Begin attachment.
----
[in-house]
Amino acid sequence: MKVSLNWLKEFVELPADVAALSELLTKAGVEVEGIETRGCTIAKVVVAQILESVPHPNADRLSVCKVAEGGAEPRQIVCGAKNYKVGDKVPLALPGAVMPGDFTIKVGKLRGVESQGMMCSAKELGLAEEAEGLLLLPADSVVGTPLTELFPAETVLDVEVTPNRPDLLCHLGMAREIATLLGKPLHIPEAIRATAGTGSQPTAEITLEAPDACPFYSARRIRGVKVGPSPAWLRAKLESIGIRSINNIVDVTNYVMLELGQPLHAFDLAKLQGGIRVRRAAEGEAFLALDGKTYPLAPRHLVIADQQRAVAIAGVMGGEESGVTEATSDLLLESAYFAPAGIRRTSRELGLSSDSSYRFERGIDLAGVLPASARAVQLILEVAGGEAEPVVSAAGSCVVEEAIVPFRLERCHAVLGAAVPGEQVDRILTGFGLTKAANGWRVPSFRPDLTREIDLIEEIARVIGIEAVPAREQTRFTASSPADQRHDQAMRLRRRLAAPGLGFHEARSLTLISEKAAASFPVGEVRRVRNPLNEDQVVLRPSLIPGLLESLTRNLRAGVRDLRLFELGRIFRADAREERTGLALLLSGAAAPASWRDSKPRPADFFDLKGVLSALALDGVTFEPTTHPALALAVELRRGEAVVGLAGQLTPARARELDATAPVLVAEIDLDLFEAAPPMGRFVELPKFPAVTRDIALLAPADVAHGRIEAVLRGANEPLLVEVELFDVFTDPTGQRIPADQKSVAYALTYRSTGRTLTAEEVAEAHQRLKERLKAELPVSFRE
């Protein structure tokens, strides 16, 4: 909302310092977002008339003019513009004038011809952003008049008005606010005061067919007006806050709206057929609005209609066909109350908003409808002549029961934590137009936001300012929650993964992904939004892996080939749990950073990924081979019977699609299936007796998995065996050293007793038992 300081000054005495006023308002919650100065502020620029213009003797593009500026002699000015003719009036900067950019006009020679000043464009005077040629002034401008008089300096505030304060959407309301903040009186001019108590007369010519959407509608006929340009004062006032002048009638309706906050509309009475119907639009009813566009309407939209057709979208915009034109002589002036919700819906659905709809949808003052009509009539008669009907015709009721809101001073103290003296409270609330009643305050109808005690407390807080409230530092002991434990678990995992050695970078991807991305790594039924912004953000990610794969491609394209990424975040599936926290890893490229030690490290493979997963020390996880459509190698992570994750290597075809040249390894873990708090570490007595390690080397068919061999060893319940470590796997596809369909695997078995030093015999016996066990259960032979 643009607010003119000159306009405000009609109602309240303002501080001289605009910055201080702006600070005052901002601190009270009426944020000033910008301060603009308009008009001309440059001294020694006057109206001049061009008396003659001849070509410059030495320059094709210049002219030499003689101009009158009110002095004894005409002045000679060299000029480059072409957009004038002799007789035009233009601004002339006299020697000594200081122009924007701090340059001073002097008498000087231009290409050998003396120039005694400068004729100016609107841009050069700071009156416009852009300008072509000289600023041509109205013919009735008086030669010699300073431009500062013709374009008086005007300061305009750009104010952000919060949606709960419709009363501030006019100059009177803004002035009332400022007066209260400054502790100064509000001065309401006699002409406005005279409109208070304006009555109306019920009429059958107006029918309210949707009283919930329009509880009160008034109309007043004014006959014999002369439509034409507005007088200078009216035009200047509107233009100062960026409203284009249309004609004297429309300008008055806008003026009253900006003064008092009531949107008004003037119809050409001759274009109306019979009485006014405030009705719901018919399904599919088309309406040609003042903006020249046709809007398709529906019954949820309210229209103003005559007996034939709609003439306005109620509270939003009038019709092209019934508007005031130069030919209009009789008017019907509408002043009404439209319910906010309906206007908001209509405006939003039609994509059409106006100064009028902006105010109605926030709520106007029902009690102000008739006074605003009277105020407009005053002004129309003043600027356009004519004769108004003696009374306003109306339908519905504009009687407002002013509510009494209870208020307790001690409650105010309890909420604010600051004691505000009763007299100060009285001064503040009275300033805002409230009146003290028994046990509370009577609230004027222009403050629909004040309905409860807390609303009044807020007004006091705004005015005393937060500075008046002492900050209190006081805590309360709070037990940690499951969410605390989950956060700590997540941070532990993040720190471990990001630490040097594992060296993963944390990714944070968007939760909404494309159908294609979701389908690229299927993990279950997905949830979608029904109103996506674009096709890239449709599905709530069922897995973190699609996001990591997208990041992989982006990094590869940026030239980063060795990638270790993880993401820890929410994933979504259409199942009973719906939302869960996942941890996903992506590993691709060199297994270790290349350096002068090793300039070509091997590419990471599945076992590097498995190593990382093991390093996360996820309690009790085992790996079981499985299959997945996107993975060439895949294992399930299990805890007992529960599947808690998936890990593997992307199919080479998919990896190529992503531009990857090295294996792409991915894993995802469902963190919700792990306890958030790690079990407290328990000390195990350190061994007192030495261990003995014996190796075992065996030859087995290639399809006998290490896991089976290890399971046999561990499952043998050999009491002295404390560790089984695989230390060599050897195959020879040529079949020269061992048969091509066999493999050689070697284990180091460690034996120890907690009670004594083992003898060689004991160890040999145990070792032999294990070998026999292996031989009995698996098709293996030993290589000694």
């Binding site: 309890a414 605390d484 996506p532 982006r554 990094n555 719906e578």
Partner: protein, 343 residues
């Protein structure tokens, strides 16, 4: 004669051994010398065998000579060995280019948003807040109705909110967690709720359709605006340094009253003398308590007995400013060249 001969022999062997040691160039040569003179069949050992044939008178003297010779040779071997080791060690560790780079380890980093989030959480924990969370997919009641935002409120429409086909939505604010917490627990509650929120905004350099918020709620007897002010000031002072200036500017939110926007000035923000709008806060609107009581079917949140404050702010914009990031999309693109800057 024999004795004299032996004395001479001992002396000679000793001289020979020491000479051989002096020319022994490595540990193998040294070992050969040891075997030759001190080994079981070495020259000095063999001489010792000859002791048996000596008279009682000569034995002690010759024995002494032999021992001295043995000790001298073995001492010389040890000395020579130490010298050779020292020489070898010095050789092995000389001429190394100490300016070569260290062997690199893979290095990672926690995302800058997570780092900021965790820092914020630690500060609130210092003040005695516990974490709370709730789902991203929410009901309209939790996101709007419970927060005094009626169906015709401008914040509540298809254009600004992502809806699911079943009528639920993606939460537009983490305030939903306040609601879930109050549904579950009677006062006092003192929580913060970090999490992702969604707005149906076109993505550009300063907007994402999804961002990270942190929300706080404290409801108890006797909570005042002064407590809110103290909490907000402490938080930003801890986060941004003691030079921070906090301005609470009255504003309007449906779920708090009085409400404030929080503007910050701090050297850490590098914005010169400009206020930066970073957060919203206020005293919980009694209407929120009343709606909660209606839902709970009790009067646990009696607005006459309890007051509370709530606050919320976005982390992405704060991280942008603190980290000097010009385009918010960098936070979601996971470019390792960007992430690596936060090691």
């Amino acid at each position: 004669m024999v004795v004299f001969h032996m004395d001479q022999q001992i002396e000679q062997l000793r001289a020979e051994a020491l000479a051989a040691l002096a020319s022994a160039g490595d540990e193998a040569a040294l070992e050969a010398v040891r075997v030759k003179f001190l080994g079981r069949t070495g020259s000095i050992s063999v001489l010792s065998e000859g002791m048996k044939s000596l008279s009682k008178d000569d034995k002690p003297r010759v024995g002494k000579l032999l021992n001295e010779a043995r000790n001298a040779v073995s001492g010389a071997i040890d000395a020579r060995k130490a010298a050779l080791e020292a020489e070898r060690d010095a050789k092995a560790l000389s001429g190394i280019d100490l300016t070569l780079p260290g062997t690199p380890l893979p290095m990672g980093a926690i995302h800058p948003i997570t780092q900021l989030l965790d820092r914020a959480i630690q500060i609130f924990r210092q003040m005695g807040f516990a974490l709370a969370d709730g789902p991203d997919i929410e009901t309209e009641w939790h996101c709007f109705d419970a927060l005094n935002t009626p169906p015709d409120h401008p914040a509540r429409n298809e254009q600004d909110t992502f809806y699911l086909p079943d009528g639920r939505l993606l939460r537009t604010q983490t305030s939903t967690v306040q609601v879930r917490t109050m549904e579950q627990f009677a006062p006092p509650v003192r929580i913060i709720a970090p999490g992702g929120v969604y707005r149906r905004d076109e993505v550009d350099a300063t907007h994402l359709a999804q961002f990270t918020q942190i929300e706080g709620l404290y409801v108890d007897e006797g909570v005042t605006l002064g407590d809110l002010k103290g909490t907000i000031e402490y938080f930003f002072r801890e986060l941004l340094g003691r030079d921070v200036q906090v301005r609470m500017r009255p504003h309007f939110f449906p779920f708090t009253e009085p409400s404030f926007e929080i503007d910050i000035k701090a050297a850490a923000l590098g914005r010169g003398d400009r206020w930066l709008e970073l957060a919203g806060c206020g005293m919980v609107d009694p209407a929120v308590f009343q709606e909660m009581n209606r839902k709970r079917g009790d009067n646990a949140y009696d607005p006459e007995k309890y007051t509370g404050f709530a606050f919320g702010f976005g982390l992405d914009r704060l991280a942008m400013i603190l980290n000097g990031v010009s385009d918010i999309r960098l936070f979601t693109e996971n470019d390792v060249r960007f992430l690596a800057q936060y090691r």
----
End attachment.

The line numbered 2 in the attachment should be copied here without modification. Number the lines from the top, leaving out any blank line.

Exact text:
Amino acid sequence: MKVSLNWLKEFVELPADVAALSELLTKAGVEVEGIETRGCTIAKVVVAQILESVPHPNADRLSVCKVAEGGAEPRQIVCGAKNYKVGDKVPLALPGAVMPGDFTIKVGKLRGVESQGMMCSAKELGLAEEAEGLLLLPADSVVGTPLTELFPAETVLDVEVTPNRPDLLCHLGMAREIATLLGKPLHIPEAIRATAGTGSQPTAEITLEAPDACPFYSARRIRGVKVGPSPAWLRAKLESIGIRSINNIVDVTNYVMLELGQPLHAFDLAKLQGGIRVRRAAEGEAFLALDGKTYPLAPRHLVIADQQRAVAIAGVMGGEESGVTEATSDLLLESAYFAPAGIRRTSRELGLSSDSSYRFERGIDLAGVLPASARAVQLILEVAGGEAEPVVSAAGSCVVEEAIVPFRLERCHAVLGAAVPGEQVDRILTGFGLTKAANGWRVPSFRPDLTREIDLIEEIARVIGIEAVPAREQTRFTASSPADQRHDQAMRLRRRLAAPGLGFHEARSLTLISEKAAASFPVGEVRRVRNPLNEDQVVLRPSLIPGLLESLTRNLRAGVRDLRLFELGRIFRADAREERTGLALLLSGAAAPASWRDSKPRPADFFDLKGVLSALALDGVTFEPTTHPALALAVELRRGEAVVGLAGQLTPARARELDATAPVLVAEIDLDLFEAAPPMGRFVELPKFPAVTRDIALLAPADVAHGRIEAVLRGANEPLLVEVELFDVFTDPTGQRIPADQKSVAYALTYRSTGRTLTAEEVAEAHQRLKERLKAELPVSFRE